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[17arg] The statement of men of the highest authority that Plato bought three books of Philolaus the Pythagorean, and that Aristotle purchased a few books of the philosopher Speusippus, at prices beyond belief.

THE story goes that the philosopher Plato was a man of very slender means, but that nevertheless he bought three books of Philolaus the Pythagorean for ten thousand denarii.1 That sum, according to some writers, was given him by his friend Dion of Syracuse.

Aristotle too, according to report, bought a very few books of the philosopher Speusippus, after the latter's death, for three Attic talents, a sum equivalent in our money to seventy-two thousand sesterces. 1

The bitter satirist Timon wrote a highly abusive work, which he entitled σίλλος. 2 In that book he addresses the philosopher Plato in opprobrious terms, alleging that he had bought a treatise on the Pythagorean philosophy at an extravagant figure, and that from it he had compiled that celebrated dialogue the Timaeus. Here are Timon's lines on the subject: 3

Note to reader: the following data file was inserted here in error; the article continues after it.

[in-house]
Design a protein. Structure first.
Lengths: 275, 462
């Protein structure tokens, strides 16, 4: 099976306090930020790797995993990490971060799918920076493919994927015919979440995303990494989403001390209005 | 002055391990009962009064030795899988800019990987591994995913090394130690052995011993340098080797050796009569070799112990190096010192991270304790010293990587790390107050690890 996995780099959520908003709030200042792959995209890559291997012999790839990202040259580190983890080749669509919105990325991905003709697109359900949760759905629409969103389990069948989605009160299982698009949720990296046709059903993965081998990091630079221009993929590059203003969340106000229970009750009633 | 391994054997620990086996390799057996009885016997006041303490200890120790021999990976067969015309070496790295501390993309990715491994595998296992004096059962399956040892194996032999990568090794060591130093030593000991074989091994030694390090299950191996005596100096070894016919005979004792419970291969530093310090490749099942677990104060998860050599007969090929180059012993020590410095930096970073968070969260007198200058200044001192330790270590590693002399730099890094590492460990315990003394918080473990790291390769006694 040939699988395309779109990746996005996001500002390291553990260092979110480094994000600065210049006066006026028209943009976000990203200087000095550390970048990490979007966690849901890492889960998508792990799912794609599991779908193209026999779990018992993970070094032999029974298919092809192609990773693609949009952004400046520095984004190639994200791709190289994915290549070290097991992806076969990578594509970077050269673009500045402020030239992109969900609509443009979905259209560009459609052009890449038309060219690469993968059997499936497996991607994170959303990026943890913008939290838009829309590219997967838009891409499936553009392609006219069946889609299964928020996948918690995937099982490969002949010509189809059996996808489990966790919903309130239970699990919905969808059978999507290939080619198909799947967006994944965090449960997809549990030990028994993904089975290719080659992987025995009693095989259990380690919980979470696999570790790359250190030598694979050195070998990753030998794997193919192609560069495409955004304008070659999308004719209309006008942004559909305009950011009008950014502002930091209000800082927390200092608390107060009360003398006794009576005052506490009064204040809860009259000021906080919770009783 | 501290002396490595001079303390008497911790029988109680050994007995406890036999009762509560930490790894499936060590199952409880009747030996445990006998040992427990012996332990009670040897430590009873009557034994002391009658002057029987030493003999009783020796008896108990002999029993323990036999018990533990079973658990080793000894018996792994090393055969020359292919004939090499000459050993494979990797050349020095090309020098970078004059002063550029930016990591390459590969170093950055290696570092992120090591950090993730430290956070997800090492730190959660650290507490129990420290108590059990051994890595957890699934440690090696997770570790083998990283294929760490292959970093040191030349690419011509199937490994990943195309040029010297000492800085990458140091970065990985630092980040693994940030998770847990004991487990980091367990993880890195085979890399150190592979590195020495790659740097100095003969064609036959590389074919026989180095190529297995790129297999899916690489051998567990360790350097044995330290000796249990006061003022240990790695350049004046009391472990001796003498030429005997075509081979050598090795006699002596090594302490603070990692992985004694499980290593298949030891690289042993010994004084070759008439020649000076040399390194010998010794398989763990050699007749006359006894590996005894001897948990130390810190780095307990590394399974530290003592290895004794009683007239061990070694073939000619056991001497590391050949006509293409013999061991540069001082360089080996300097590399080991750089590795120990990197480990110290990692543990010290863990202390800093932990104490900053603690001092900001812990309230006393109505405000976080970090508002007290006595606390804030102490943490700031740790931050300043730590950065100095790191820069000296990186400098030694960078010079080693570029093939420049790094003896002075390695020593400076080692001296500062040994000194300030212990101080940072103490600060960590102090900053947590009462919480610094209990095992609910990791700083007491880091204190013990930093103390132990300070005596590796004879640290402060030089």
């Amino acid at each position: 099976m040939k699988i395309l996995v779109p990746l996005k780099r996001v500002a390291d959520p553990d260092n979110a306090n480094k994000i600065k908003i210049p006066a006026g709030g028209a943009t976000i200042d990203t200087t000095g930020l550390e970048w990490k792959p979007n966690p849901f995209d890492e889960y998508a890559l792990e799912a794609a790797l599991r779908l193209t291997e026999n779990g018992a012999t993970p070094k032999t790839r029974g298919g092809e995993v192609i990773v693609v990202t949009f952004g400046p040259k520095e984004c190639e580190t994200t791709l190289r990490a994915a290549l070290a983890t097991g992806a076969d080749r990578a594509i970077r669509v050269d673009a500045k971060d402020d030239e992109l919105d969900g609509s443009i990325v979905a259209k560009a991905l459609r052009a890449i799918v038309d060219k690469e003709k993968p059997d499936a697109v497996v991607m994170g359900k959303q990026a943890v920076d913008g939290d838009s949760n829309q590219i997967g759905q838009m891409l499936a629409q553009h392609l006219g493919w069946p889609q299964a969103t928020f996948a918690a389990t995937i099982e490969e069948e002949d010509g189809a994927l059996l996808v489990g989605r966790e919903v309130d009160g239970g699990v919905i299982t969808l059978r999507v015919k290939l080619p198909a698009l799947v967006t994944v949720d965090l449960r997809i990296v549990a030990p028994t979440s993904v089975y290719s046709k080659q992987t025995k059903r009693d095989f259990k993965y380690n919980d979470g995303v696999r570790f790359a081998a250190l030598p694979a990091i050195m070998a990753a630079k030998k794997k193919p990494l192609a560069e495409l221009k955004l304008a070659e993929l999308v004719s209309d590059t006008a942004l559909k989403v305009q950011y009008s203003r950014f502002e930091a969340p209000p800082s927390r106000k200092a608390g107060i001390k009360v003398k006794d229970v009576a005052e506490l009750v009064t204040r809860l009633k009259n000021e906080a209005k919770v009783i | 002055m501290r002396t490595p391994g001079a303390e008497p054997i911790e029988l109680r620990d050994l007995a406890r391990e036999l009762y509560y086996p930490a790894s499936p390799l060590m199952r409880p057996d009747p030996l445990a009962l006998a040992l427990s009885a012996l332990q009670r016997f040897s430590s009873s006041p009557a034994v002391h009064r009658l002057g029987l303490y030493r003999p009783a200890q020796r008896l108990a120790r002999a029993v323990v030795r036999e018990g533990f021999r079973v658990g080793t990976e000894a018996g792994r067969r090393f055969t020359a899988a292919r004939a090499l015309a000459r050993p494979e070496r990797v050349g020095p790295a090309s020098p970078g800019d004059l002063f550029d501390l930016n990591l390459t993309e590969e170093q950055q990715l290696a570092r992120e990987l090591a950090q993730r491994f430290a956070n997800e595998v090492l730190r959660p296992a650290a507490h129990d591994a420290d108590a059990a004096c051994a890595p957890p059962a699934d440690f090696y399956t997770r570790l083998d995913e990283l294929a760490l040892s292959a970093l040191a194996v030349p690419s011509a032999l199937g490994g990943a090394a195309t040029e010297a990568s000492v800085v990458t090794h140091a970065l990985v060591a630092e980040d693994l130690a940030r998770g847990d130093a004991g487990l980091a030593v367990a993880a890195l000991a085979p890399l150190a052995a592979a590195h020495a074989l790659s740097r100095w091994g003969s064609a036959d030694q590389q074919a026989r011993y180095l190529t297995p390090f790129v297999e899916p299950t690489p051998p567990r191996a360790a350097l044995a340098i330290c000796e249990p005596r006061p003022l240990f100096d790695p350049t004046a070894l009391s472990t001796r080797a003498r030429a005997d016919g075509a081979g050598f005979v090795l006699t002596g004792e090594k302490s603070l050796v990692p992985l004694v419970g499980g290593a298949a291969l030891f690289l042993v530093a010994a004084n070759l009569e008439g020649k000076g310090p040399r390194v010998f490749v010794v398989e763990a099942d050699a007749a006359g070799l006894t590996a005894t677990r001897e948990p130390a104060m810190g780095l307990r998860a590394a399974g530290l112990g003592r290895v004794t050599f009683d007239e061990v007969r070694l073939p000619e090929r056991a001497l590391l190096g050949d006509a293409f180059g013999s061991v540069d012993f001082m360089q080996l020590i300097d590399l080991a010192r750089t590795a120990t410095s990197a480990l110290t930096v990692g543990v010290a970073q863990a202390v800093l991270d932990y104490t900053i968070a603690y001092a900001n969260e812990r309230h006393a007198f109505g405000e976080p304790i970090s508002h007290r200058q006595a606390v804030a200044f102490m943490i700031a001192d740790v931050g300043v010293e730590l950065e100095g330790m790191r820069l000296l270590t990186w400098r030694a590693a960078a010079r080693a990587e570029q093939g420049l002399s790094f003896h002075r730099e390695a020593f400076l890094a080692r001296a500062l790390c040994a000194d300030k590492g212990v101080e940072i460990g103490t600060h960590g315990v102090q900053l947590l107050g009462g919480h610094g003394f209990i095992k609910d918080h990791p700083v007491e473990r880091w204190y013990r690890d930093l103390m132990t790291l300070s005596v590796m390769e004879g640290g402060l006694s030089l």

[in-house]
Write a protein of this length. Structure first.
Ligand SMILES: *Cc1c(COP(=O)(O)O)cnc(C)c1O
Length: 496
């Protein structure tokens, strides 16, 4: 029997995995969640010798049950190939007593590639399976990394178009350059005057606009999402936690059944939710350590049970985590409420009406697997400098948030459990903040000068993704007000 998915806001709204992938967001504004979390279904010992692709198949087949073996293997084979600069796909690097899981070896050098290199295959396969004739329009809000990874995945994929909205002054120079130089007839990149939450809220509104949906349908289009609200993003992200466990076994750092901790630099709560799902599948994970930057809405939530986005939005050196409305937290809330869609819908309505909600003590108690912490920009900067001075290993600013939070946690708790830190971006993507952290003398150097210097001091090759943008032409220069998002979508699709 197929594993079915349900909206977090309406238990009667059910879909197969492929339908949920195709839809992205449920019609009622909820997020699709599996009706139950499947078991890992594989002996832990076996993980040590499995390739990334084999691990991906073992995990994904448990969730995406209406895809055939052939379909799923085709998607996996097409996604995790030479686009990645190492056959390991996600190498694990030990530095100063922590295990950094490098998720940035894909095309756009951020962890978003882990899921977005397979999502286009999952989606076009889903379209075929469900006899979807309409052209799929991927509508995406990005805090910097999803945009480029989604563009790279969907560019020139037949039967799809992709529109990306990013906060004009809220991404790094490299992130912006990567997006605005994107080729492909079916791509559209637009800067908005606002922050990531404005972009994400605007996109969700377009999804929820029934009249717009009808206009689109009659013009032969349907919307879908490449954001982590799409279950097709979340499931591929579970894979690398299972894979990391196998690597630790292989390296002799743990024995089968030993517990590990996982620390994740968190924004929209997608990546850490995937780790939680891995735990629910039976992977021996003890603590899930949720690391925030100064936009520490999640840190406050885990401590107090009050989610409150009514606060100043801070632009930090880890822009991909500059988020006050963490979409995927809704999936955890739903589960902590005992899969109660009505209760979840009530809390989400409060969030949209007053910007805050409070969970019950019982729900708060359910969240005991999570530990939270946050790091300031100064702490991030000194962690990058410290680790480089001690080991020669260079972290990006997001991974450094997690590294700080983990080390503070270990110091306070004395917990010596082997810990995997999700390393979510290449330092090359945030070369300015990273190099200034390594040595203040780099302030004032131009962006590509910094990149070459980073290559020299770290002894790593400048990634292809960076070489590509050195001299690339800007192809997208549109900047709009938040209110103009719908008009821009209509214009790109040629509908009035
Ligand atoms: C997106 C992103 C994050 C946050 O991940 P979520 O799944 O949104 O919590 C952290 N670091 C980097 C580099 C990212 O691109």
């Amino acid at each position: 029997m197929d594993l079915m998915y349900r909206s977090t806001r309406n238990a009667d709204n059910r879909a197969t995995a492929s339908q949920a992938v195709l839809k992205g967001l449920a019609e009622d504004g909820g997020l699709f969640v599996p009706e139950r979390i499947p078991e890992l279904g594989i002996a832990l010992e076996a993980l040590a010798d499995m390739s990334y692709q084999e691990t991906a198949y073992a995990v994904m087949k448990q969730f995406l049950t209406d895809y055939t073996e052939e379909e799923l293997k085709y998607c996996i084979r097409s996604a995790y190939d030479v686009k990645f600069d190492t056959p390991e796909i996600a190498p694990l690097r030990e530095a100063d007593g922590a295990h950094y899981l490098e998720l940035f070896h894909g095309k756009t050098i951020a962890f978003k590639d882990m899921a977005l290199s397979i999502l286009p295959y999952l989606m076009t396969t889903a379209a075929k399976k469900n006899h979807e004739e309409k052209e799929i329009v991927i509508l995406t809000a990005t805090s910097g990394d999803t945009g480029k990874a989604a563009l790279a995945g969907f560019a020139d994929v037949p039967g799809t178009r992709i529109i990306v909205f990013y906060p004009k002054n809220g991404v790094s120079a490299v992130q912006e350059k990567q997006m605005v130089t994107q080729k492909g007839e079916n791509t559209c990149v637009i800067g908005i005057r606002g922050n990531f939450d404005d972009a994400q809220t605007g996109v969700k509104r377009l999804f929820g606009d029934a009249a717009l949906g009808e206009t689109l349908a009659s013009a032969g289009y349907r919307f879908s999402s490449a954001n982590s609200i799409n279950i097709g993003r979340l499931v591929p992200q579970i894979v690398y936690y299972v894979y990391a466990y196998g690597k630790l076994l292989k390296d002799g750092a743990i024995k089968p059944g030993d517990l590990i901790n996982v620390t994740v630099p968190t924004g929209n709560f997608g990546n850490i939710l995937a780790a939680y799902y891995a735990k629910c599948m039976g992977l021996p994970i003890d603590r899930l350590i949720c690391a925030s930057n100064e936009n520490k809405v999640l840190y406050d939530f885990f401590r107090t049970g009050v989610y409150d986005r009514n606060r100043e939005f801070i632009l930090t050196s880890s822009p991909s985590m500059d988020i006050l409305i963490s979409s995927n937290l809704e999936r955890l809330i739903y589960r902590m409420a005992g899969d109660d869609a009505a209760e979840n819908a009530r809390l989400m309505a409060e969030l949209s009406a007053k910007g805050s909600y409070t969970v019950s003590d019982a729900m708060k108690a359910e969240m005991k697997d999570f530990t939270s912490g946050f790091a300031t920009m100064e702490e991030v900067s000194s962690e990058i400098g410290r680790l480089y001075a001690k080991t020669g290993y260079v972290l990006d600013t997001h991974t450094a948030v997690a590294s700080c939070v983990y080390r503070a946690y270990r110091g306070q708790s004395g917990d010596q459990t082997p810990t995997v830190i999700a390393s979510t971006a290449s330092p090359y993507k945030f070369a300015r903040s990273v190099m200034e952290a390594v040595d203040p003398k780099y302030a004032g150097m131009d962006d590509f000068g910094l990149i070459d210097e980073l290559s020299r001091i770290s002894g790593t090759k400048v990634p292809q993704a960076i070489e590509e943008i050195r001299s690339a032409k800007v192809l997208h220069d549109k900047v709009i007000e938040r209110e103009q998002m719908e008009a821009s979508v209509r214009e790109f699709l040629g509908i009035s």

Thou, Plato, since for learning thou didst yearn,
A tiny book for a vast sum did'st buy,
Which taught thee a Timacus to compose.

1 These were very high prices. The first book of Martial's Epigrams, 700 lines, in an elegant form, cost only five denarii, and cheaper editions could be bought for from six to ten sesterces. See Martial, i. 117. 15ff., and Friedländer, Roman Life and Manners, Eng. Trans., iii. p. 37.

2 Meaning a lampoon, or satirical poem.

3 Poet. Phil. Frag. 54, Diehls; Poesis Ludib. 26, p 130, Wachsmuth.

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